LATE EDIT: Facebook decided my previous title (Huffy Puffy and the Seven Dwarf Cars) was somehow unworthy of a link from their site, so I renamed this entry and relinked. They’re fine with bigotry, misogyny, and blatant lies – but use a nonsense name and they have a conniption fit.
It’s the weekend and since yard sales are still nonexistant – and Mother Nature granted us more lovely cloudy skies – we were off again, armed with our cameras.
The challenging part of our excursions these days is going somewhere we haven’t already been. Granted, even revisiting old spots we can find new things to photograph. It’s still blah to cover the same ground, ad nauseam. Yesterday we did revisit a couple of spots where we’d been before – but this time we went into the Dwarf Car Museum. And it was a hoot!
These itty-bitty machines are drivable, but you’d definitely have to origami yourself to get in.
The furry mascot is named Monkey-Do. His siblings, Monkey-See and Monkey-Hear, crossed the rainbow bridge a while back. In human years he’s about 127. He’s quite the character and obviously the boss of everything. The blue car – I don’t pretend to know the make – is named “Pretty Woman”. The name on the front is “H1ME”, nearly as I can tell.
To give you an idea of scale: the roofs of these fall slightly over waist-high on a normal human. Keep in mind these pictures were taken from a mobility device. I was sitting down and looking at them on that level.
Outside were a few normal-sized vehicles and some other quirky corners. On the second photo below, the light was so harsh I had to manipulate the hell out of it to keep it from being silhouettes. I still kind of like how it turned out.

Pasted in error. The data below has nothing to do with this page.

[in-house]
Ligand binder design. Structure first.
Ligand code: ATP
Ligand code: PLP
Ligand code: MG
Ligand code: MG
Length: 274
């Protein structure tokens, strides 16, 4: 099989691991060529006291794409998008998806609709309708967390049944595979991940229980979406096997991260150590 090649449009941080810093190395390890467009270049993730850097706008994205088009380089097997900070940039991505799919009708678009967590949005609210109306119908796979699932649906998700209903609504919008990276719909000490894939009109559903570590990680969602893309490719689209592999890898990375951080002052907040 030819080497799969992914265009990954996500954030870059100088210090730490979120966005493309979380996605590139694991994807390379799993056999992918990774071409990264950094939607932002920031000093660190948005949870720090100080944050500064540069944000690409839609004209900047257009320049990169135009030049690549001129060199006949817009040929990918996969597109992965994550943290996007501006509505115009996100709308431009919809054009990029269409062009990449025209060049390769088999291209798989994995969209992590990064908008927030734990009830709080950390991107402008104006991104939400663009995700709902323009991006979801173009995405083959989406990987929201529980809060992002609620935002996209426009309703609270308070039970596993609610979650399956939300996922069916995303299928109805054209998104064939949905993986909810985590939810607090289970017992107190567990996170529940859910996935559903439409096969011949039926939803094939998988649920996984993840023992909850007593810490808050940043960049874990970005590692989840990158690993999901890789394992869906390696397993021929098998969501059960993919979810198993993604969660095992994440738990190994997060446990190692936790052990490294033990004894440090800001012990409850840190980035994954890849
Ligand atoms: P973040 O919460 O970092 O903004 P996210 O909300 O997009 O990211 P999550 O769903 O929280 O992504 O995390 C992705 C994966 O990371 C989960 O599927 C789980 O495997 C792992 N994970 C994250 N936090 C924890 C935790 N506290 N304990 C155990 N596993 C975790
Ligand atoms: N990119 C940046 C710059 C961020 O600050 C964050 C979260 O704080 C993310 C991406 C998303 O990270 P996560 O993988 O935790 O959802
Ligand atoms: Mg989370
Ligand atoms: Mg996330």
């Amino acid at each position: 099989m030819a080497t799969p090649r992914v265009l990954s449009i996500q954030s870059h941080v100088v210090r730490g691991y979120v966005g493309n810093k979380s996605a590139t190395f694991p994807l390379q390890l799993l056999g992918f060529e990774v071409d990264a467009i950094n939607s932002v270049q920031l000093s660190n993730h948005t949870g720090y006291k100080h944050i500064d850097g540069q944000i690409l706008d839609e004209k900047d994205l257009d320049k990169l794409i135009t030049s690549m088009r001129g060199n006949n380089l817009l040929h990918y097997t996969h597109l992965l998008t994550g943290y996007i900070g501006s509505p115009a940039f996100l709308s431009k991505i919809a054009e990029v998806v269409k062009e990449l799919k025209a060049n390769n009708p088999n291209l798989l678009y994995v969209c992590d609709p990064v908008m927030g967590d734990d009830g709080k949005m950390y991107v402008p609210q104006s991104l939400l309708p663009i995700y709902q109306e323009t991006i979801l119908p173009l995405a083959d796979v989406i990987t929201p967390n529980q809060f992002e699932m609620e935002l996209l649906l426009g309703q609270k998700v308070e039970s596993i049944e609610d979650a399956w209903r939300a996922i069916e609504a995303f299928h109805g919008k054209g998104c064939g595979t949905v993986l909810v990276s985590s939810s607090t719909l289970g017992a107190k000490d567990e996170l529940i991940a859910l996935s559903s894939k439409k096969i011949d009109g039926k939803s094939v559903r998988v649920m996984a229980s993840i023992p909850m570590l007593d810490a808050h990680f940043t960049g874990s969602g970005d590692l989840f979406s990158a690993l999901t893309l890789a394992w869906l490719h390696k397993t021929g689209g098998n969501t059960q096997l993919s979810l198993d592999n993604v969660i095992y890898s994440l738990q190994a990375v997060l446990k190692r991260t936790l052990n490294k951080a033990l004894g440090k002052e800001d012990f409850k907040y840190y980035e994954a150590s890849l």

It was just a fun place to visit. We’ll be going back, sooner or later. They do have a website if you’d like to check them out, at dwarfcarmuseum.com. The museum also includes the owners’ family memorabilia, such as the kitchen his mom owned back when, and a painting of a duck wearing sneakers (it had connections to Jay Leno, but I only caught snippets of that conversation.) The owners/operators are there to give you a complete history, whether you want it or not. Incidentally, while their website says it’s free admission, they now ask $5 per person, which is perfectly reasonable. 100% of everything collected goes right back into running the museum. Good for them.
We did go beyond the car museum. G and I had run across a spot out in the middle of nowhere which had clearly once been a grand locale – a home, presumably. The buildings were long gone, but there was evidence of landscaping. We decided to revisit the site, on principle.
I didn’t capture the other direction with a line of palm trees. Plus, whoever owns the property was working on it and had cleared a lot out since we were there last.
This building houses a bakery. It sits in Stanfield, Arizona. Its rough exterior made us think it was abandoned until we looked closer. (Taken from the rear of the building looking forward – but this represents the exterior treatment all the way around.)
This railroad-crossing signal was situated where a dirt road met the highway. It was as much a barrier to civilization as a barrier to prevent accidents.
It’s ironic how we still call them telephone poles, when virtually no one still has land lines. There are holdouts, for now. (The holdouts may topple if plans go through to spike the cost sky-high.) A few of these poles still carry phone lines – for most rural communities in Arizona, DSL is the sole high-speed Internet option, if there’s any option at all. This was taken just off the main highway, but from this perspective it looks like there’s nothing but sky, weeds, mountains, and electric crosses.
Hopefully nobody’s getting tired of the photos. It takes time and experience to become an accomplished photographer, and I can finally see real progress in my snaps.
And now for an unexpected piece of good news… I think the computer issue is resolved. I hesitated to type it out loud, lest I jinx things. It’s been two days without a single crash, and I’ve used Photoshop and Affinity Publisher simultaneously. The motherboard replacement didn’t do the trick, but I went back to Intel and downloaded their “search-and-update-drivers” program, which did exactly what it said. And lo, the computer gods must’ve taken pity on me, because it seems to have worked. Knock on wood, fingers crossed, and whatever else it takes to make it stick.
EDIT: Blergh. Had a crash today. But it’s still the longest I’ve gone in months and months.